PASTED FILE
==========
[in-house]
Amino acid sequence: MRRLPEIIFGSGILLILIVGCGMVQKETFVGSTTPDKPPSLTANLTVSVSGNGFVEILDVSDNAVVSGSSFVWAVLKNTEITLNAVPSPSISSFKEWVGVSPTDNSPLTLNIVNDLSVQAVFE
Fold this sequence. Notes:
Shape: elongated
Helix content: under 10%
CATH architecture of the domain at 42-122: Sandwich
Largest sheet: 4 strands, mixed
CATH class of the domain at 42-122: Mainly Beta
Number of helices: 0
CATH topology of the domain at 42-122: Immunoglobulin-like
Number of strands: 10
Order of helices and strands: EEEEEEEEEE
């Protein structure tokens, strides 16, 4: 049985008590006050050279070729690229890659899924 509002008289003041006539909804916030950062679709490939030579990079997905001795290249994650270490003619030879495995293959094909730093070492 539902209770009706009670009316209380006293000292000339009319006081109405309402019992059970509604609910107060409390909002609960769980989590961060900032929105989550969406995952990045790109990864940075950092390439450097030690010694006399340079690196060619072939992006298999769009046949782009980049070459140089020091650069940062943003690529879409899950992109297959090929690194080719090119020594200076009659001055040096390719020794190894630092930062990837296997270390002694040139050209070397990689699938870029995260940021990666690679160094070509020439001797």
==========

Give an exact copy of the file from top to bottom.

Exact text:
[in-house]
Amino acid sequence: MRRLPEIIFGSGILLILIVGCGMVQKETFVGSTTPDKPPSLTANLTVSVSGNGFVEILDVSDNAVVSGSSFVWAVLKNTEITLNAVPSPSISSFKEWVGVSPTDNSPLTLNIVNDLSVQAVFE
Fold this sequence. Notes:
Shape: elongated
Helix content: under 10%
CATH architecture of the domain at 42-122: Sandwich
Largest sheet: 4 strands, mixed
CATH class of the domain at 42-122: Mainly Beta
Number of helices: 0
CATH topology of the domain at 42-122: Immunoglobulin-like
Number of strands: 10
Order of helices and strands: EEEEEEEEEE
């Protein structure tokens, strides 16, 4: 049985008590006050050279070729690229890659899924 509002008289003041006539909804916030950062679709490939030579990079997905001795290249994650270490003619030879495995293959094909730093070492 539902209770009706009670009316209380006293000292000339009319006081109405309402019992059970509604609910107060409390909002609960769980989590961060900032929105989550969406995952990045790109990864940075950092390439450097030690010694006399340079690196060619072939992006298999769009046949782009980049070459140089020091650069940062943003690529879409899950992109297959090929690194080719090119020594200076009659001055040096390719020794190894630092930062990837296997270390002694040139050209070397990689699938870029995260940021990666690679160094070509020439001797």